Impressions of Japan

For the first time this year, today Bangkok citizens felt the first cool breeze of the upcoming winter season. Last year we barely had a day of cool weather, this year seems promising. Since early morning, the sun was out but instead of being hot and humid, it was wonderfully cool averaging around 25 degrees celsius. Oh how I love this weather. The entire city feels like it is airconditioned. This cool air of autumn is one of my favorite times during the years and always makes me happy. It reminds me of the beautiful autumn colours, hiking in the Shenandoah Mountains last year, or in the Austrian countryside. It’s always so relaxing and pleasurable after the summer rush and energy. Then Thanksgiving arrives and the festivities begin. Of course it also reminds me of my recent trip to Japan when all the shops started putting everything up for Autumn and it made me think about what were my impressions of Japan?

I’ve been back for almost a week now and yet I experienced so much during those nine days in Japan that I feel like a part of myself has evolved. When I look back on my life I realize that its the “events” or “experiences” we often have during “vacations” or “holidays” that we remember. (And amazingly, those are roughly only two weeks out of the entire year.) They touch us more than the other 350 or so days of the year when we live our daily lives.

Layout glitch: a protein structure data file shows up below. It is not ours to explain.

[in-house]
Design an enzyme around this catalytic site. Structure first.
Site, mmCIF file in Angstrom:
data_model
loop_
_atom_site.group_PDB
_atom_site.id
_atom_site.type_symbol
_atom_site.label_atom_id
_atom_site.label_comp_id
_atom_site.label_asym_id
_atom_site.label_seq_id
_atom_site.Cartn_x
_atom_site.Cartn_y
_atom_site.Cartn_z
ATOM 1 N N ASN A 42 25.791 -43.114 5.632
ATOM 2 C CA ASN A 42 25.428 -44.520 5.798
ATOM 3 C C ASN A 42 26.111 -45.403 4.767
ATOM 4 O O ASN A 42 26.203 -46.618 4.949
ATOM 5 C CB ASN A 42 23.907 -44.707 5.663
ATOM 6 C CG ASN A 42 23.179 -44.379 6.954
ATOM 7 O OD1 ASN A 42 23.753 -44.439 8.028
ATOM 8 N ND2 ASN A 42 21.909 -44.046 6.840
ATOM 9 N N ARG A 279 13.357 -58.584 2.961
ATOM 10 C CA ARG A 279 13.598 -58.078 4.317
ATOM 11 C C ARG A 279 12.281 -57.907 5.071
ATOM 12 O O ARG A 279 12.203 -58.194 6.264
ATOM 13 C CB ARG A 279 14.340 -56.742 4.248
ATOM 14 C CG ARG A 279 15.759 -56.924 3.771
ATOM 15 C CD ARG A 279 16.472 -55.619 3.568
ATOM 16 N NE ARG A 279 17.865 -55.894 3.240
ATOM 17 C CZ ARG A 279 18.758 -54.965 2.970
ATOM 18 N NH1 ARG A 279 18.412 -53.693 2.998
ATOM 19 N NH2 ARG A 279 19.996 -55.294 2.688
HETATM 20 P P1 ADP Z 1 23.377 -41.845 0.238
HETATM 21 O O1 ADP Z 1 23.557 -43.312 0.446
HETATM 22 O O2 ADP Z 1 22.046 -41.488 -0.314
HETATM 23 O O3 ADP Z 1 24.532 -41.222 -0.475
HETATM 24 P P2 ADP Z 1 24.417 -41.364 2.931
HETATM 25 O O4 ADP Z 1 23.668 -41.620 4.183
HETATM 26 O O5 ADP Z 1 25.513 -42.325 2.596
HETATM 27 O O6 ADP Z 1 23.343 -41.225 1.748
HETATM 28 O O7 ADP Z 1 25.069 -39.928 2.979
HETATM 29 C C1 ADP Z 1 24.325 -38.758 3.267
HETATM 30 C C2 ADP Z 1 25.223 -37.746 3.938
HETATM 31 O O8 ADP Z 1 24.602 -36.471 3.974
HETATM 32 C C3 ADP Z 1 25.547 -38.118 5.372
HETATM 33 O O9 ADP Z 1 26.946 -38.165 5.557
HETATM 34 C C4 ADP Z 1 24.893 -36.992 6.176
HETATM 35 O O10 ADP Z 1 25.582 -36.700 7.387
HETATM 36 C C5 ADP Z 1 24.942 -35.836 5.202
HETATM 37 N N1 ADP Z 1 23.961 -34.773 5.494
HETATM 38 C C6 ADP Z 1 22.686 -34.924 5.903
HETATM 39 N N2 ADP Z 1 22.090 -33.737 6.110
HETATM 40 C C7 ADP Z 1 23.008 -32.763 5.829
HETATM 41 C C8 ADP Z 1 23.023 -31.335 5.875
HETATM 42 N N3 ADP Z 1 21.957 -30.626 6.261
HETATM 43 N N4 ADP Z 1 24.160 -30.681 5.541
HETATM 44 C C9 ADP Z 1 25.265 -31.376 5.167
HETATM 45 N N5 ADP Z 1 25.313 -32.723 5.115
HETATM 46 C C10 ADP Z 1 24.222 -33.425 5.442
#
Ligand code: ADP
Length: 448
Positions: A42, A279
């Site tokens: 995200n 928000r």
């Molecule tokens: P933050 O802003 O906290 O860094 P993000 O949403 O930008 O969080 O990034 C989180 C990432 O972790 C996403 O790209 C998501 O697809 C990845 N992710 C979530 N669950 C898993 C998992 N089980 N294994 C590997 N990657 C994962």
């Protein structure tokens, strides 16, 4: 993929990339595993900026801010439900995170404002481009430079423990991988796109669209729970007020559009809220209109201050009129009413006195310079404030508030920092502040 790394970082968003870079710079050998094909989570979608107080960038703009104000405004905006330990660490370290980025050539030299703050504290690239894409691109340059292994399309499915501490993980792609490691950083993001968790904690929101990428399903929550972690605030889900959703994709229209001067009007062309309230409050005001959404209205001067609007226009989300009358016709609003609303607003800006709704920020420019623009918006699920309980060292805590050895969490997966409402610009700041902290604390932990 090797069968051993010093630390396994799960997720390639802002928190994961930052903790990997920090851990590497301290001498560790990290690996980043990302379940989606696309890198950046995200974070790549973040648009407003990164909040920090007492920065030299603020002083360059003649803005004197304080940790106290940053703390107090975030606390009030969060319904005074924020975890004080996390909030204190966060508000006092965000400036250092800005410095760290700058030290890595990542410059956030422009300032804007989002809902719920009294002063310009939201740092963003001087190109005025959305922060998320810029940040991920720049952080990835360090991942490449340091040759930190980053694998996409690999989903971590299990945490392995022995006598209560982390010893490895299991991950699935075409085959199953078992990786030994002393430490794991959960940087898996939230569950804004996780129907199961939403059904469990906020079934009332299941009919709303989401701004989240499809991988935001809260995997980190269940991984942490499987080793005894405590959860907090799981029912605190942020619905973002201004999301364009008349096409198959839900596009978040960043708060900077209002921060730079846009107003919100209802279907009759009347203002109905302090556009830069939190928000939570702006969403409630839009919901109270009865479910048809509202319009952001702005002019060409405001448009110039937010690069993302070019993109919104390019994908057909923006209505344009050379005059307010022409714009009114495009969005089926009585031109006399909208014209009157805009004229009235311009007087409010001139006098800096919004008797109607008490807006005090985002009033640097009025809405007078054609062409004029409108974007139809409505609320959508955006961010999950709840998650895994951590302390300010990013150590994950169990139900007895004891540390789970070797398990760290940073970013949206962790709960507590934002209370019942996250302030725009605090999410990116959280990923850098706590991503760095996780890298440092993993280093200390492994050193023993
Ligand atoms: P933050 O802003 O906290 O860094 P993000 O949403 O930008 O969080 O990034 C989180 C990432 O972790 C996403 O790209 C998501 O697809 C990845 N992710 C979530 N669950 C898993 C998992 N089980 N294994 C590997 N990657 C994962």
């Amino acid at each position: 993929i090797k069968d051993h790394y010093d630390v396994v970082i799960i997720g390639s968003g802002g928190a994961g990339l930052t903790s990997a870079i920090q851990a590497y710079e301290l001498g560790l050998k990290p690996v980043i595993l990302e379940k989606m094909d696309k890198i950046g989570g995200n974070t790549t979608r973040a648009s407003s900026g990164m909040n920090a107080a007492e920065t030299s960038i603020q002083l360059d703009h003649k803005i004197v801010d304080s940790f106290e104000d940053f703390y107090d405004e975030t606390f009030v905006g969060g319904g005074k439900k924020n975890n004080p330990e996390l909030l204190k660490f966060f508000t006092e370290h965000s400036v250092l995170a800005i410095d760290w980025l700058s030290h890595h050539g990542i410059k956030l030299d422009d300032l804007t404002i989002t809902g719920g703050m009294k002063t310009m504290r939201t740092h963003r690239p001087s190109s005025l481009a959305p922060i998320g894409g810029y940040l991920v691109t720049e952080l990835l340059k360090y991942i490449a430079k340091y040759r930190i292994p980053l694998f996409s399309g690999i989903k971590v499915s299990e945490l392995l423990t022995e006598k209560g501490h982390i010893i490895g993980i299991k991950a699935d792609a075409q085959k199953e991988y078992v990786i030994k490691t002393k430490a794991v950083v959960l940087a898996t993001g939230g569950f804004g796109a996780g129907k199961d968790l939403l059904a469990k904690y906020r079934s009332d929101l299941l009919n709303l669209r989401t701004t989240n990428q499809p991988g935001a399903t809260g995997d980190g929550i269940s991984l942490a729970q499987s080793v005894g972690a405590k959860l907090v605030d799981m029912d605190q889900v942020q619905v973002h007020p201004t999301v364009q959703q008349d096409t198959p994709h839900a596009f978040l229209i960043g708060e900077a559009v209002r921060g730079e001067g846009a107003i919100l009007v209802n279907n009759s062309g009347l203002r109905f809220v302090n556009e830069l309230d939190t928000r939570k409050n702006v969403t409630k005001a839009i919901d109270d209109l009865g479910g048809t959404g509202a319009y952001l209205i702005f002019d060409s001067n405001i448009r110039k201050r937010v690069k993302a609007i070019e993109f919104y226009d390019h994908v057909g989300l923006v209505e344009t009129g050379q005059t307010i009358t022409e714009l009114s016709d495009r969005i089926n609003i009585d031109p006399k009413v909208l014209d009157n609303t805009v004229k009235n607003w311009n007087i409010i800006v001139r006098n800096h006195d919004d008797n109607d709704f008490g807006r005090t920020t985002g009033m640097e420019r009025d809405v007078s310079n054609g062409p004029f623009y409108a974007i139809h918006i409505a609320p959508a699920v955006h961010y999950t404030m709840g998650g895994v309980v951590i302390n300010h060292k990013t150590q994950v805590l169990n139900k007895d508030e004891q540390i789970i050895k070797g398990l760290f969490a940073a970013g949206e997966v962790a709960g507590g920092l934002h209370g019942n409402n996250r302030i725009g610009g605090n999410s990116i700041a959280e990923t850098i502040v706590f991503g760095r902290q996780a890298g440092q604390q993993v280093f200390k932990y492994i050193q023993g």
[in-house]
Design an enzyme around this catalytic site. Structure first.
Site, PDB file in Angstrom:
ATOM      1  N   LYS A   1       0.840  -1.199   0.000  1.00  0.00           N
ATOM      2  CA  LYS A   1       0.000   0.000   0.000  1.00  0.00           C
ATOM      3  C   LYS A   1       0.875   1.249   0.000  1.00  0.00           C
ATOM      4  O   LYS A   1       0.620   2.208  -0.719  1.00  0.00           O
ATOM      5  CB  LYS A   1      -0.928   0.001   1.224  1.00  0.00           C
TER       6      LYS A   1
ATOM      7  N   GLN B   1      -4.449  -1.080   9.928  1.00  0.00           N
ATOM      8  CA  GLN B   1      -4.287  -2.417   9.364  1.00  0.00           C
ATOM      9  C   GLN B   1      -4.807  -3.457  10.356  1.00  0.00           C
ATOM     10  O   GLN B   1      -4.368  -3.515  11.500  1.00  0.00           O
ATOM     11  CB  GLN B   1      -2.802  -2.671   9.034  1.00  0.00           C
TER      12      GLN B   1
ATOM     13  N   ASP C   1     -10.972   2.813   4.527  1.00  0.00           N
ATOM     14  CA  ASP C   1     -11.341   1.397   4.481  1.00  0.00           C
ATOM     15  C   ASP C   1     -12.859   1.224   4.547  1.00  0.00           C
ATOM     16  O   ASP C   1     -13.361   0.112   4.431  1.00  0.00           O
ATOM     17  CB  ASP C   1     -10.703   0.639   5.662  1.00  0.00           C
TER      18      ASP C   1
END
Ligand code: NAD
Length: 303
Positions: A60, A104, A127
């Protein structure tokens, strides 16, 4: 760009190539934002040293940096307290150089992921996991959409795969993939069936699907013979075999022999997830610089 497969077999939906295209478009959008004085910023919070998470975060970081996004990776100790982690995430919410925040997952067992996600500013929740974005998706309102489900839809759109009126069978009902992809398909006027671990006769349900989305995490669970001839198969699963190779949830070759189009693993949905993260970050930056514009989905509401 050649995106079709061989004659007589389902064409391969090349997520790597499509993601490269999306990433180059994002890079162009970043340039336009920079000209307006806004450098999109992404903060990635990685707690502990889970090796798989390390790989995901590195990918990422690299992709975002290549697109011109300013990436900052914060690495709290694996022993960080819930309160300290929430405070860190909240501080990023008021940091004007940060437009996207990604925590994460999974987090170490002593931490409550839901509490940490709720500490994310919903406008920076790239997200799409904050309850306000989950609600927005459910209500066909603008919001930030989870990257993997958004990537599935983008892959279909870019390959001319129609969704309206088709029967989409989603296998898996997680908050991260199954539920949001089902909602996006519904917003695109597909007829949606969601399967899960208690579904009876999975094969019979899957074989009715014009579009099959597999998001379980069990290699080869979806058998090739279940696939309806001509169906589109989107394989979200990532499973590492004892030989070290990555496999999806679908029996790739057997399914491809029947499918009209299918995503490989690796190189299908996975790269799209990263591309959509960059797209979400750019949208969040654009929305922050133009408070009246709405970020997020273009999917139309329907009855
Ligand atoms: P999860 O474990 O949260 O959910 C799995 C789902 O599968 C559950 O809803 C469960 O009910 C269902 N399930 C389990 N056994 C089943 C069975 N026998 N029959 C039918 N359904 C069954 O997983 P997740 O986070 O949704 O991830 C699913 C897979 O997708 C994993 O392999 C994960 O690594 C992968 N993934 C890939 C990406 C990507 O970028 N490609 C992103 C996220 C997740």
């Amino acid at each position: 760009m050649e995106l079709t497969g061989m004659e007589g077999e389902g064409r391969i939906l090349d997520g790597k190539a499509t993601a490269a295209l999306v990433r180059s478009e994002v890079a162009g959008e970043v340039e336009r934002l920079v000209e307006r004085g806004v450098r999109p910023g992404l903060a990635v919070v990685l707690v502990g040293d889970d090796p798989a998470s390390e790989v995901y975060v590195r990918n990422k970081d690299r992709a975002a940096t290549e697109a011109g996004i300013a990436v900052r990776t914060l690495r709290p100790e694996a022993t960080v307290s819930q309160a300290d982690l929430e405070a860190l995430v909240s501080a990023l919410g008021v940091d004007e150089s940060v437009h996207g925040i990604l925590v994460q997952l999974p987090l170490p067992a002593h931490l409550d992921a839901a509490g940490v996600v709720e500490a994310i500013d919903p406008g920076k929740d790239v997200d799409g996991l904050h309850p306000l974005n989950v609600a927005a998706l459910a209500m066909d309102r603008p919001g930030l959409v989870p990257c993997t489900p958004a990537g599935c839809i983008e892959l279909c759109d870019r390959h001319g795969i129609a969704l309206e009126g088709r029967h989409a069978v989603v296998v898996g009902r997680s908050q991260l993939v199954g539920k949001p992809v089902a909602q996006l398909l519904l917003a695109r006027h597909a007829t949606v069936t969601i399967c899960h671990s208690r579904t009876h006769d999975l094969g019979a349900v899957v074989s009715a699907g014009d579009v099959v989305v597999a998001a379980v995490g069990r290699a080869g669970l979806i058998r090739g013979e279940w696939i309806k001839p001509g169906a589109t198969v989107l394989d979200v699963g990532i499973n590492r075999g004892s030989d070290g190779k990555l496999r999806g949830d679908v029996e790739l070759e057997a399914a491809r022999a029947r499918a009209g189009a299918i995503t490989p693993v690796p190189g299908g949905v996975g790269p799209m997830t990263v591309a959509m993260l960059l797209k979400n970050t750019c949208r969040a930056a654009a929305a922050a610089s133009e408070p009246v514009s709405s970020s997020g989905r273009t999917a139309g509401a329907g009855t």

So what impressions did I get from my trip to Japan? Many things. I’ve mentioned about the beauty of the shrines, the peacefulness of the zen gardens and how wonderful the foods are, so today its about the people and the culture.

My first impression of Japan upon arrival was that Japan was similar to Germany. If you are like most other people I’ve said that to, your reaction would probably go like this: “What? How can they be similar?” What struck me first was the orderliness of everything and yes, the Germans are known for being very orderly. Even if you are standing on a deserted road waiting to cross the road, and the light flashes red, you would not cross. You would wait until the you get the “green” light to go. I remember that during my trip to Germany last spring. It was funny, but its good. It’s great to be in order and follow the rules. In Thailand, people would have crossed long ago. The Japanese are equally orderly, but somehow I feel that it is more intense than Germany. It could be that because there is less land, less space, there is more of a need to be orderly. Also, the announcements on the JR trains and subways kept reminding us to turn off our cellphones. I’ve never heard that on any other metro system.